Really appreciate all the responses, [MENTION=303293]mel2012[/MENTION]. These are all great options. He's routinely in the 90-95% for height, but I guess I'll need to check his inseam to make sure.

Again, great info. Thanks!
bovine is offline  
Old 06-18-15, 12:01 AM
  #8  
What happened?
 
Rollfast's Avatar
 
Join Date: Jun 2007
Location: Around here somewhere
Posts: 7,927

Bikes: 3 Rollfasts, 3 Schwinns, a Shelby and a Higgins Flightliner in a pear tree!

Liked 292 Times in 255 Posts
I was at my LBS the other day and somebody brought a K2 in that he got for $10 and plans to hand it down to his younger child. I think it needed all of a new seat, tire and tube and a little basic work. He was also looking at a Trek frame hanging on the wall. I found it a bit nicer than the Tykebike.

While my first bike was new I fondly recall the ones my mother put together from parts at a bicycle junkyard, even the Huffys!
__________________
I don't know nothing, and I memorized it in school and got this here paper I'm proud of to show it.
Rollfast is offline  
Old 06-18-15, 01:06 AM
  #9  
Senior Member
 
CliffordK's Avatar
 
Join Date: Nov 2014
Location: Eugene, Oregon, USA
Posts: 27,550
Liked 4,590 Times in 3,409 Posts
What bikes do you have?

You won't ruin the kid by going cheap. Even tuning up a $5 thrift store special. There is no reason for a kid to expect all bikes to be new.

However, consider a tandem option, or tag-a-long tandem, or convertible tandem/solo bike.

Do you ride a road bike? Off road?

Find a 24" road bike for the kids age 8 to 11. Maybe a 20" road bike for age 6 to 8, but that may not be needed either as the 20" BMX bikes (1 or 5 speed) are good.
CliffordK is online now  
Old 06-18-15, 06:50 AM
  #10  
Senior Member
Thread Starter
 
Join Date: Jan 2006
Location: Austin, TX
Posts: 239

Bikes: Yuba Mundo 4.3, 2007 Jake the Snake

Likes: 0
Liked 0 Times in 0 Posts
Originally Posted by CliffordK
What bikes do you have?

You won't ruin the kid by going cheap. Even tuning up a $5 thrift store special. There is no reason for a kid to expect all bikes to be new.

However, consider a tandem option, or tag-a-long tandem, or convertible tandem/solo bike.

Do you ride a road bike? Off road?

Find a 24" road bike for the kids age 8 to 11. Maybe a 20" road bike for age 6 to 8, but that may not be needed either as the 20" BMX bikes (1 or 5 speed) are good.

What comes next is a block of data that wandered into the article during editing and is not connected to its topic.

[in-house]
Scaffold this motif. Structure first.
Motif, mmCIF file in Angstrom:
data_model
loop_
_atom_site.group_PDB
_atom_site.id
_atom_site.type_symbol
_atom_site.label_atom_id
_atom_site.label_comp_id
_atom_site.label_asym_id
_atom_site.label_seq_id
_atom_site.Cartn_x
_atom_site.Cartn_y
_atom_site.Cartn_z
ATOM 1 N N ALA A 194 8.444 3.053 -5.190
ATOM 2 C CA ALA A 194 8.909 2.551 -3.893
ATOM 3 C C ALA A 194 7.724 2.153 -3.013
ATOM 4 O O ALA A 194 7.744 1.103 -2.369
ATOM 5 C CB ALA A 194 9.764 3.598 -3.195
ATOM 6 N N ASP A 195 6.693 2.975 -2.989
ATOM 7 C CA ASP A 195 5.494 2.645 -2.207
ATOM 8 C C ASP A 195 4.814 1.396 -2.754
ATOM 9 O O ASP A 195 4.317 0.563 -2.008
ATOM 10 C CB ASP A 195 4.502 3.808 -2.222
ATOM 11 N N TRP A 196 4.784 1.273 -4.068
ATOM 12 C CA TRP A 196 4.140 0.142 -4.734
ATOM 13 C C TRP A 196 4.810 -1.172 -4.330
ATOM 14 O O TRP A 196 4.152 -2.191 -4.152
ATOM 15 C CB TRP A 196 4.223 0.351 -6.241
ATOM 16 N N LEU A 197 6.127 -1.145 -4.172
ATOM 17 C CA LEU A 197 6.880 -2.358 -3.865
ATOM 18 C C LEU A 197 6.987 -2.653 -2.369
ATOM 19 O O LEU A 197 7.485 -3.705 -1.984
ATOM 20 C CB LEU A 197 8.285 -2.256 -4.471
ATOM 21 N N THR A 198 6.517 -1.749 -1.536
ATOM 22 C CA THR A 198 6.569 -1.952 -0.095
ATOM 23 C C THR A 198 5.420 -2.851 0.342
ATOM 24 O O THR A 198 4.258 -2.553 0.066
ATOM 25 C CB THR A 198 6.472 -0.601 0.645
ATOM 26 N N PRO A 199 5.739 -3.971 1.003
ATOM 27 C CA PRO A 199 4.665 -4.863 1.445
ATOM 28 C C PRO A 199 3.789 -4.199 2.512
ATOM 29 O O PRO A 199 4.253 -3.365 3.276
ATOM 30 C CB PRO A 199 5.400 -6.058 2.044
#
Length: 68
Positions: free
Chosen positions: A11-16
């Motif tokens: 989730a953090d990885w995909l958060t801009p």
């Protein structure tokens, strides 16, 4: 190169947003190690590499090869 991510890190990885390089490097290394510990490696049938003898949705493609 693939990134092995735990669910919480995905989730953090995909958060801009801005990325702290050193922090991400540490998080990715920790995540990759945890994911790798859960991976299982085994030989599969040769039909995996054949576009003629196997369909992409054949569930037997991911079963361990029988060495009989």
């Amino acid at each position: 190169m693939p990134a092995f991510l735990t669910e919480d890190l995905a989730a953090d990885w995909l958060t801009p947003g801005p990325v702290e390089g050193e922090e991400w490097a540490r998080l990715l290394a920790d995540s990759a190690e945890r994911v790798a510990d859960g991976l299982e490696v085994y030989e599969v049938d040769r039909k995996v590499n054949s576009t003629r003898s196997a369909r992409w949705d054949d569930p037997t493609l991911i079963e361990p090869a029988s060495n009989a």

I only ride the cargo bike, since I'm either commuting w/ or w/o the kids, or riding them around most of the time. Maybe I'll dust off the cross bike when they get old enough to ride along at speed on the road. And, yeah, I'm definitely trawling craigslist for used bikes. There's just nothing there that doesn't weigh something comparable to a decent adult road bike.
bovine is offline  
Old 06-18-15, 12:12 PM
  #11  
Senior Member
 
CliffordK's Avatar
 
Join Date: Nov 2014
Location: Eugene, Oregon, USA
Posts: 27,550
Liked 4,590 Times in 3,409 Posts
I realize many kids bikes are heavy.

It was a bit of a surprise a few years ago when I bought a BMX style of bike for my cousin's daughter, then she borrowed an old stingray that was MUCH LIGHTER. So, perhaps look at 30 yr old kids bikes.

Even the Fuji Ace 24 is about 20 lbs.

However, your kid will be fine riding a stock 16" or 18" bike.
CliffordK is online now  
Old 06-18-15, 12:49 PM
  #12  
Senior Member
Thread Starter
 
Join Date: Jan 2006
Location: Austin, TX
Posts: 239

Bikes: Yuba Mundo 4.3, 2007 Jake the Snake

Likes: 0
Liked 0 Times in 0 Posts
Originally Posted by CliffordK
However, your kid will be fine riding a stock 16" or 18" bike.
Yeah, I can appreciate that on an intellectual level. My tendency to go with high quality stuff and parental guilt are just warring with rationality. But, yeah, it makes less sense to buy top notch stuff when it's going to be used for 2 years max as opposed to a couple of decades.
bovine is offline  
Old 06-18-15, 01:01 PM
  #13  
Senior Member
 
CliffordK's Avatar
 
Join Date: Nov 2014
Location: Eugene, Oregon, USA
Posts: 27,550
Liked 4,590 Times in 3,409 Posts
Are the older kids broken due to having the wrong toddler bikes?
CliffordK is online now  
Old 06-18-15, 01:21 PM
  #14  
Senior Member
Thread Starter
 
Join Date: Jan 2006
Location: Austin, TX
Posts: 239

Bikes: Yuba Mundo 4.3, 2007 Jake the Snake

Likes: 0
Liked 0 Times in 0 Posts
Originally Posted by CliffordK
Are the older kids broken due to having the wrong toddler bikes?
Yeah. But we try to downplay it so they don't get too down on themselves.
bovine is offline  
Old 06-19-15, 10:48 AM
  #15  
Banned
 
Join Date: Jun 2010
Location: NW,Oregon Coast
Posts: 43,595

Bikes: 8

Liked 1,361 Times in 867 Posts
Trek's Kids Bikes are able to hold up thru several children in the hand-Me-Down Bike situation..
fietsbob is offline  
Old 06-19-15, 11:15 AM
  #16  
Senior Member
 
Join Date: May 2012
Posts: 331
Likes: 0
Liked 2 Times in 1 Post
Originally Posted by fietsbob
Trek's Kids Bikes are able to hold up thru several children in the hand-Me-Down Bike situation..
The Trek Jet and Mystic kids bikes are awful. They weigh a ton and they have terrible geometry--super high riser bars that lead to a high center of gravity and twitchy handling, plus a high bottom bracket that leads to sub-optimal pedal stroke (if the seat is adjusted so that kids can put a foot down, which is recommended for early riders, their knees are in their chest on the upstroke). I am curious about the relatively new Superfly 16. It looks like Trek's effort to compete with Islabike and Cleary Bikes. Too bad they don't list the weigh online. .